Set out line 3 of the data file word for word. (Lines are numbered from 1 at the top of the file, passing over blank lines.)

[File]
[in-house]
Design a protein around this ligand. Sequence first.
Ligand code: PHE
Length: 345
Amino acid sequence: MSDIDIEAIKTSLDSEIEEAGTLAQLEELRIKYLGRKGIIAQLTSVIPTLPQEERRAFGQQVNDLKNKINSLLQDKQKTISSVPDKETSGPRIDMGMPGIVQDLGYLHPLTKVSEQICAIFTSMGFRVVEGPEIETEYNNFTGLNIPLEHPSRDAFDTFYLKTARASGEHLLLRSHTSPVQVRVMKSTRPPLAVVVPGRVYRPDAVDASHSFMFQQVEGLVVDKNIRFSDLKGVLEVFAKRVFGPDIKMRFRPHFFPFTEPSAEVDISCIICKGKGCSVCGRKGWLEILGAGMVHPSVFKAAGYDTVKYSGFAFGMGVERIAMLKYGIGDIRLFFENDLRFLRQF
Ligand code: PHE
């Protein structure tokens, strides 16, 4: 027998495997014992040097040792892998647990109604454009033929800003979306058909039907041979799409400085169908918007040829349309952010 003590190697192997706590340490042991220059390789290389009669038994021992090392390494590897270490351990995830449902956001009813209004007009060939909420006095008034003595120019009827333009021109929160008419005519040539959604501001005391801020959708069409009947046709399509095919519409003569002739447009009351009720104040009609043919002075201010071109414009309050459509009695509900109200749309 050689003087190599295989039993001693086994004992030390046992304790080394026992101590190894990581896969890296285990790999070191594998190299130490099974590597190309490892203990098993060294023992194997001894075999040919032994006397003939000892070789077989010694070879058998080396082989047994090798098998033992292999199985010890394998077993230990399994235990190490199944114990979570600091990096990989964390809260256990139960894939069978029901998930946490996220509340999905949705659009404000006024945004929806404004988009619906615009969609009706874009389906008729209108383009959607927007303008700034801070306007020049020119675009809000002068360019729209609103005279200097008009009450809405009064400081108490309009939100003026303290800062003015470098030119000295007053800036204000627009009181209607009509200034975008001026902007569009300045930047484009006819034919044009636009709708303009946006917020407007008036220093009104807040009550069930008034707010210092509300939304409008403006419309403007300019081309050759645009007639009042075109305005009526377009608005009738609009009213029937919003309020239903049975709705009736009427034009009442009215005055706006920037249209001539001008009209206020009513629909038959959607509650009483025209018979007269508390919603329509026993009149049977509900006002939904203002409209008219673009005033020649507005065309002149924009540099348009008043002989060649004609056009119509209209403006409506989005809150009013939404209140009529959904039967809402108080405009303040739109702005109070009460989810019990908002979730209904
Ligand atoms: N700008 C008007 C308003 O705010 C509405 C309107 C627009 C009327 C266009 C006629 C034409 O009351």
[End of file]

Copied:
Ligand code: PHE